Do you take up each new promising diet you hear about, only to find that at first, you quickly shed at least some of your excess weight, but then slowly end up regaining much of what you lost? If you do, you are certainly not alone. This yo-yo pattern of weight gain and loss is the experience of literally millions of people. Fortunately, hypnotherapy can provide you with an effective alternative. Treatment will involve a number of therapeutic sessions that are specifically designed to help you modify those unhelpful habits that, over time, have resulted in your unwanted weight gain.
Restrictive eating plans tend not to work in the long run. This is especially true for fad diets. Still, simple formulas and glossy pictures continue to support their hollow promise of easy weight control. Each year, huge numbers of desperate people are enticed into adopting these, often punishing, eating regimes; and each year, huge sums of money pour into this lucrative sector of the market.
The reality is that no eating plan or fad diet is geared to deal with the deeper issues that, in all likelihood, will have been the real cause of you putting on weight. Also, no particular supplement or combination of foods can contend with those bigger underlying issues that so often serve to sabotage a person’s good intensions in life – either dietary or otherwise.
We develop most of our numerous tendencies while we are still children. Some of these are helpful, but others are not. Either way, we rarely re-examine them. Instead we simply tend to unconsciously carry them with us throughout our lives.
An example of this is what we might do with the excess food should we find that we have more than we need on our plate. As children, many of us were taught to eat everything that was put in front of us. We learned that to not do so was to be both ungrateful and wasteful. In consequence, we, as adults, still continue to eat, even when we have had enough and should really stop. Large portion sizes, not to mention leftovers, necessitate that some food is anyway wasted. However, because of the lessons of our upbringing, we may have a habit of wasting excess food into our ever expanding stomachs rather than simply putting it into a dustbin, where it really belongs.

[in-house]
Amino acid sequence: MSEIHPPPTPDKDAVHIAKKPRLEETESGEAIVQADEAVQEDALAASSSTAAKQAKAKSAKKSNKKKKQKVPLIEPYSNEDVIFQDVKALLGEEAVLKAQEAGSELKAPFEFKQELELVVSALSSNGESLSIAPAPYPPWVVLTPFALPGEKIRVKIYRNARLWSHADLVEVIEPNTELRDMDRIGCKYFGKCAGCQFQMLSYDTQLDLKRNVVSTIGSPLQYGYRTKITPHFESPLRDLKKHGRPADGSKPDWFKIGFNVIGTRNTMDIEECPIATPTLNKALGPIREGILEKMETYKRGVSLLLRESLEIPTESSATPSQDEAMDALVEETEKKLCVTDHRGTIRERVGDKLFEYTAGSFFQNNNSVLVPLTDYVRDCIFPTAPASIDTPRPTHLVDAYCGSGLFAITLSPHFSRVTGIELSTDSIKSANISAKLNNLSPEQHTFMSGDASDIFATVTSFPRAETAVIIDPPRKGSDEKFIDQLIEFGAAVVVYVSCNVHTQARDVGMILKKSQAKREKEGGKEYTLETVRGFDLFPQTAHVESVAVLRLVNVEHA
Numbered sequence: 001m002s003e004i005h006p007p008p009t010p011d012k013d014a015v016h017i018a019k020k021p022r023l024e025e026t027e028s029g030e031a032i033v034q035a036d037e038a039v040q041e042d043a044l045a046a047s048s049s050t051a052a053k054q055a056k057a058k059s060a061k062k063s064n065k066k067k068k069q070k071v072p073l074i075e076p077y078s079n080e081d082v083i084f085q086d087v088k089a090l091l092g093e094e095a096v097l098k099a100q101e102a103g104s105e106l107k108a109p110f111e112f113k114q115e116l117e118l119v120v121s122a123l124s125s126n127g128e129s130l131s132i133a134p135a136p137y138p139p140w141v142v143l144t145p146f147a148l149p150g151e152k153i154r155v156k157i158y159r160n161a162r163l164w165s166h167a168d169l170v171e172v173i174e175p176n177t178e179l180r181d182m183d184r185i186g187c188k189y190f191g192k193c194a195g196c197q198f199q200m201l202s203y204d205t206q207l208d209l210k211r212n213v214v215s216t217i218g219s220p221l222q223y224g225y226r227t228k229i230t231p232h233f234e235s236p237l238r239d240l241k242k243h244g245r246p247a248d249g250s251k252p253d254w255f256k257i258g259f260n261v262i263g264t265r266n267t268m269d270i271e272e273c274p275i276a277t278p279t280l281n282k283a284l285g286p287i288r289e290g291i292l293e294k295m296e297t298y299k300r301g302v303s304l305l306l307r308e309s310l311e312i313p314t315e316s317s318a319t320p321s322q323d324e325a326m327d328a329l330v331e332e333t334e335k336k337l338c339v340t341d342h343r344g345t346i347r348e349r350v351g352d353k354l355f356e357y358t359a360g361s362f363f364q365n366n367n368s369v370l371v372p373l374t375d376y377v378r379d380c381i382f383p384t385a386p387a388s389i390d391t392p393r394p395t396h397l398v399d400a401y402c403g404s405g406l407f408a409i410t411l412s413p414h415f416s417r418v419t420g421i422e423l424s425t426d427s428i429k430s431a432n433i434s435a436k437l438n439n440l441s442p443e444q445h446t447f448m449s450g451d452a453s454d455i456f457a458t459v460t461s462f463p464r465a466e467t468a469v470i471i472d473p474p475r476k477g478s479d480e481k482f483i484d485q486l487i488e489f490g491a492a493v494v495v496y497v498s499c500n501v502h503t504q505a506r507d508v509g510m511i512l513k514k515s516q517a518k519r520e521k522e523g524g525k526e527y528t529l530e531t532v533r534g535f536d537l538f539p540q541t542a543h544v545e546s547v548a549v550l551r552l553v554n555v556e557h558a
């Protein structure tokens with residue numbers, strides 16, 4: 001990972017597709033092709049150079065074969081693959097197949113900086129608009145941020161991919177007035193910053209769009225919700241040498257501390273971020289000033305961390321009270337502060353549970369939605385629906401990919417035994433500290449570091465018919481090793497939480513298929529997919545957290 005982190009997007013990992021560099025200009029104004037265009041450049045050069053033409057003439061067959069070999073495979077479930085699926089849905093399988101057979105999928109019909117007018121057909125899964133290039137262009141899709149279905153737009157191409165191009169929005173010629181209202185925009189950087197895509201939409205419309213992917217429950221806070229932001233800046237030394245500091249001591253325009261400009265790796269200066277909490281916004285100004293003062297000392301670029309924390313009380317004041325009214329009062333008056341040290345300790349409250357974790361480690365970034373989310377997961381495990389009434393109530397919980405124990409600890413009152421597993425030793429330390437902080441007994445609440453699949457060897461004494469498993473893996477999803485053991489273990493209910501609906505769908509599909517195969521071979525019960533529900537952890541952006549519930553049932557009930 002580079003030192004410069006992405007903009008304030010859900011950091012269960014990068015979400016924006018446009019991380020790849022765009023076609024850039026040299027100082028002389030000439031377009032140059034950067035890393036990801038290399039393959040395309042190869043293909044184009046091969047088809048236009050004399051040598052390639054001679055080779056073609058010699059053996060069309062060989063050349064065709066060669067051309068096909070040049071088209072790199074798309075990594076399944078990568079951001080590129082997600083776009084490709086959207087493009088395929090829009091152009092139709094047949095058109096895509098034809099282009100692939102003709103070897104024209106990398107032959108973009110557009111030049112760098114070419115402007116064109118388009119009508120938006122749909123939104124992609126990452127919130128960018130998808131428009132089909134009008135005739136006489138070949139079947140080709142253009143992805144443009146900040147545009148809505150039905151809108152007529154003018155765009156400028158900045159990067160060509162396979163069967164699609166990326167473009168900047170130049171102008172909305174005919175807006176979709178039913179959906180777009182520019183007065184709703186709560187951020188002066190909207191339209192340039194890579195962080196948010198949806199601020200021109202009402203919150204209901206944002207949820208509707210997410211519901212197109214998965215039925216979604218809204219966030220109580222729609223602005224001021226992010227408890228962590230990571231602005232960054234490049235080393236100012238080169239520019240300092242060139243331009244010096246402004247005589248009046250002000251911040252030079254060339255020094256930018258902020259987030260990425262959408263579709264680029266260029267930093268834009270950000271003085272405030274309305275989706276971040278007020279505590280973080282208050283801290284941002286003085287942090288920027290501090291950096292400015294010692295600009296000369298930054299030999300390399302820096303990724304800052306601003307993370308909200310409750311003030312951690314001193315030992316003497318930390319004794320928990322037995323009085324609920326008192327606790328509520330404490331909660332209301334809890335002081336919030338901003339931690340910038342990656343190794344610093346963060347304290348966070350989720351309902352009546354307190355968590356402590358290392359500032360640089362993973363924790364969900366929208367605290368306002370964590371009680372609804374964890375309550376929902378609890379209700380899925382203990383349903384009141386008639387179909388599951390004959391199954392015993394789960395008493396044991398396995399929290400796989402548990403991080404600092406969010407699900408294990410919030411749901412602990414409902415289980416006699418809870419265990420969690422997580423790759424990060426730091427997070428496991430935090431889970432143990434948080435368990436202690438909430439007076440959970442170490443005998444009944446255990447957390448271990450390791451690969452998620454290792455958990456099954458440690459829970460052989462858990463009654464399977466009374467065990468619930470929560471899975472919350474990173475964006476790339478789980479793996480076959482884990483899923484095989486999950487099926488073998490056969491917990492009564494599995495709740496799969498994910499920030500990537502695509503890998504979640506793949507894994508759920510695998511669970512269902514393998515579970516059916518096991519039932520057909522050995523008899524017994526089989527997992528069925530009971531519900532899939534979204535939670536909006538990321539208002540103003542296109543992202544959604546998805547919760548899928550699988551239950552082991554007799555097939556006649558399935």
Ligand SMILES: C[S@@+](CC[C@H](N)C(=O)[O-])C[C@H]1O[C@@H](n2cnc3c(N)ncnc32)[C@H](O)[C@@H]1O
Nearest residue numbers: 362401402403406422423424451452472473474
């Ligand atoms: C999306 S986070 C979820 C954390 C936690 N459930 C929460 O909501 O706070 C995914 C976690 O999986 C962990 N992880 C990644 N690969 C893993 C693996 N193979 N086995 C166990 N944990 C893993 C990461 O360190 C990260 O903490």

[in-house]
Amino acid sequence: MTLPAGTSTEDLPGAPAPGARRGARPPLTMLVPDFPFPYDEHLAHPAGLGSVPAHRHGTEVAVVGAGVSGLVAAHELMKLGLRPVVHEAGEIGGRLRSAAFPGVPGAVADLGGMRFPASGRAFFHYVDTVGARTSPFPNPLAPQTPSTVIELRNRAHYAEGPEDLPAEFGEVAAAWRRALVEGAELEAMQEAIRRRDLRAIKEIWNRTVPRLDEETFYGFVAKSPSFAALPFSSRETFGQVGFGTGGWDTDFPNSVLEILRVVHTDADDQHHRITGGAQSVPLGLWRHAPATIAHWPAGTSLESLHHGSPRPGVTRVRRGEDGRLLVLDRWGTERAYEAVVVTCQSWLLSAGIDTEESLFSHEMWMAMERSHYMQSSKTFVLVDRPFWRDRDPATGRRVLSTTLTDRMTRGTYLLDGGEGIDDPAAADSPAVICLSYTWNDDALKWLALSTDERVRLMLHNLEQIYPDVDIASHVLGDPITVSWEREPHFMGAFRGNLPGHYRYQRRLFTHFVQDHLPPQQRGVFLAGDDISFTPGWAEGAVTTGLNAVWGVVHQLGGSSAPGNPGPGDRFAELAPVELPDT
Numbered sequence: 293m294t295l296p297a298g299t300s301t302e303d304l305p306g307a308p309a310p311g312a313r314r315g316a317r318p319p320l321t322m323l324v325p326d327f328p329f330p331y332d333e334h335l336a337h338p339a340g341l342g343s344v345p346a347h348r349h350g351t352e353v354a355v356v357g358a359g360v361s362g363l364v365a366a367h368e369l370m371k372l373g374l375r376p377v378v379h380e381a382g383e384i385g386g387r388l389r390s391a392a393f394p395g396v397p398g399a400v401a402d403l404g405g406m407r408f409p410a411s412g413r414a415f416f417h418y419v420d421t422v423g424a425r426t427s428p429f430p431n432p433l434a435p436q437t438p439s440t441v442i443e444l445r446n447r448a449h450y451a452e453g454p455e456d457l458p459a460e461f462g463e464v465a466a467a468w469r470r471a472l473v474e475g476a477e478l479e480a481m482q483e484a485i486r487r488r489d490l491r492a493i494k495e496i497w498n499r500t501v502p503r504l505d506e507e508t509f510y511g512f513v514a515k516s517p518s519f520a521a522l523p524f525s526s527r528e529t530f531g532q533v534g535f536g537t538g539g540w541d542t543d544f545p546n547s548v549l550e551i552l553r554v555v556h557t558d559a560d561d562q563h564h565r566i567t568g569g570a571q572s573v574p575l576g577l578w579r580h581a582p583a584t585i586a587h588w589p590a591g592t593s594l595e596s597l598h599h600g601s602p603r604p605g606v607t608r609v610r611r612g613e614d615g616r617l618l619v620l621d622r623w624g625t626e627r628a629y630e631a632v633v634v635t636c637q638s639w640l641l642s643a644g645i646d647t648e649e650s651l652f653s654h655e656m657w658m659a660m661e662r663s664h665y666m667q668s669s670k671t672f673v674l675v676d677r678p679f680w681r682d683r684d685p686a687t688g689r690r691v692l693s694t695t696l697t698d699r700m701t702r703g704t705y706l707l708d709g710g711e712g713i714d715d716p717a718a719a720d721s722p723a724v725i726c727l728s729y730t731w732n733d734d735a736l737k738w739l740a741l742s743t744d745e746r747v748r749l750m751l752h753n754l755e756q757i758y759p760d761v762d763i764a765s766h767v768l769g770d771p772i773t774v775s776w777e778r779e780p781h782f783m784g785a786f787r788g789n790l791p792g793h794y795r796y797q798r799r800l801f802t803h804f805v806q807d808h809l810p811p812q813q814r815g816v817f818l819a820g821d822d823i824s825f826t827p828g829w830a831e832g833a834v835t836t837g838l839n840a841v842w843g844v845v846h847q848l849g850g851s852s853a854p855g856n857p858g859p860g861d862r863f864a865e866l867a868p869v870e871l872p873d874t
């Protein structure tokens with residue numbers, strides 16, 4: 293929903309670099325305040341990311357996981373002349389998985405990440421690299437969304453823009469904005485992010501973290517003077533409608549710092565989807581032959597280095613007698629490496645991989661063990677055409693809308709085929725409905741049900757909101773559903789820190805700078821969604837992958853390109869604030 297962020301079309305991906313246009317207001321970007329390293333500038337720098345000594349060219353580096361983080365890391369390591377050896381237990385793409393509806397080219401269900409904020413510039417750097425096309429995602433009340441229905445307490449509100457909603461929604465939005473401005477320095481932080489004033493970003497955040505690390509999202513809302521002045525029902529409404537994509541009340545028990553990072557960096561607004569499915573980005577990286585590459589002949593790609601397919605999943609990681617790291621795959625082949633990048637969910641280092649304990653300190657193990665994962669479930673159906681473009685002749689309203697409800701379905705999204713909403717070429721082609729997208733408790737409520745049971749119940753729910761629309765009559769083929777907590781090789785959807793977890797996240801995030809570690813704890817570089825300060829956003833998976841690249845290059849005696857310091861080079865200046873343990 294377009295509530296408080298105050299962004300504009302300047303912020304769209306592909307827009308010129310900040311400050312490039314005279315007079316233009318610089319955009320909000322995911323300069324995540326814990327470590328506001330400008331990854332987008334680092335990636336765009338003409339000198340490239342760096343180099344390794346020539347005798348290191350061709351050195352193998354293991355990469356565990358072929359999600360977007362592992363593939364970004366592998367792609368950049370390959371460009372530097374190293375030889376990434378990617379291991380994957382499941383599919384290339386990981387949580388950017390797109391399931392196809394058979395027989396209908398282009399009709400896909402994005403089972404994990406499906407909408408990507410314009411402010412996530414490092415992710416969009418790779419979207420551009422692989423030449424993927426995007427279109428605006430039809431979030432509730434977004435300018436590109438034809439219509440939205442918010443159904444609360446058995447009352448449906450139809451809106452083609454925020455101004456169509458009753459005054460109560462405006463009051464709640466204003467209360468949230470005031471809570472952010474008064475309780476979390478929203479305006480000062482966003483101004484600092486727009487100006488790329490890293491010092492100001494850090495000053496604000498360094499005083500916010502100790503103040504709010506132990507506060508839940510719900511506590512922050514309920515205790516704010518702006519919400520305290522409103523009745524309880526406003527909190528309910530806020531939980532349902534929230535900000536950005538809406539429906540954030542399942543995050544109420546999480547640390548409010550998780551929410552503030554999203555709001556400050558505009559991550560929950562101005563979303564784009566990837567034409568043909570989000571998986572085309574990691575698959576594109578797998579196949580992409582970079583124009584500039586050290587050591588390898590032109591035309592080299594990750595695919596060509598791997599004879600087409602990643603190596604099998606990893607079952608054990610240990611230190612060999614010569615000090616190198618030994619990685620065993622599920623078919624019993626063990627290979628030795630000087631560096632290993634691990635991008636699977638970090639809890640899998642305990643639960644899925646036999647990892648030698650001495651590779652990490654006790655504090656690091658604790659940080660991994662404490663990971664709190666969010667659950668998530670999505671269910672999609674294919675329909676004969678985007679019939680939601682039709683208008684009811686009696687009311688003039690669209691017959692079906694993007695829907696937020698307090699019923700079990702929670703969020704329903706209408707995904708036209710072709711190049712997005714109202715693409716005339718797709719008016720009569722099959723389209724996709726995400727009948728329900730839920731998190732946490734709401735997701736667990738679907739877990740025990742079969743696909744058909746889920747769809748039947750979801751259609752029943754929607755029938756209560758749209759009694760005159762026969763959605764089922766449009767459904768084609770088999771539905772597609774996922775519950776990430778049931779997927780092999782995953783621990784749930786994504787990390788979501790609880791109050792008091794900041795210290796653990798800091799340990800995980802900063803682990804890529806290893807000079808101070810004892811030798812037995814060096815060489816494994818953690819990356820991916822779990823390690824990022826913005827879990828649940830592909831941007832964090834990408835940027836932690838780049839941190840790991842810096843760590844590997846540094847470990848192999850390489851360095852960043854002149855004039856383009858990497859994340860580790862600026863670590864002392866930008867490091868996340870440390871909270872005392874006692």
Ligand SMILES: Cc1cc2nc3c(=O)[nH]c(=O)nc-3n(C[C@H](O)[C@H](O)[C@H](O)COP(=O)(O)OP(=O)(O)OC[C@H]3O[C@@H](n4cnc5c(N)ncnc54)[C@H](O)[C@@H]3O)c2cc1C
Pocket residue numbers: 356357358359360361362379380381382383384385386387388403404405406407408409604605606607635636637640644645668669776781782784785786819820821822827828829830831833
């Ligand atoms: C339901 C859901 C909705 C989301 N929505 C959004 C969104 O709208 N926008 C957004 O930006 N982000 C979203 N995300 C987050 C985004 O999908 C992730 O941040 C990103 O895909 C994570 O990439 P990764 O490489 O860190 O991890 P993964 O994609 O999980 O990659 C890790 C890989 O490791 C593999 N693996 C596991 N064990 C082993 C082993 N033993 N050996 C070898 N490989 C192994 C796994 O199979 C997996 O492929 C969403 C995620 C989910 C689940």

It is not only the amount of food that we eat that might be impacting on our weight. It may also be the type of food. Certain foods create addictions and, without us even realising it, can play havoc with our fluctuating energy levels. Unscrupulous manufacturers understand this all too well, and often create products that trigger cravings and support unhealthy eating patterns. They are also most adept at actively marketing these products. Unhealthy product placement is now commonplace in movies and on television, and billboards and other advertisements frequently contain subliminal sales messages.
Our emotional needs can all too often be experienced as hunger. Many of us eat simply to combat boredom, or to comfort or reward ourselves. We have a mind-set that believes that we actually need certain delights ‘every now and then’. Additionally, there can be a shared feeling of being ‘naughty’ whenever we indulge in an illicit treat.
Perhaps some or even all of these factors may be relevant to you. Perhaps none are. However, they are examples of common behaviour patterns, which give rise to weight issues. Often, simple willpower is not enough to effectively deal with them. Should that be the case, hypnotherapy can help to re-programme the unconscious mind. It is able to target that part that is causing you difficulties. The sessions will enable you to begin to recognise the underlying issues that have caused you to gain weight and go on to help you find ways to control them, both now and in the future.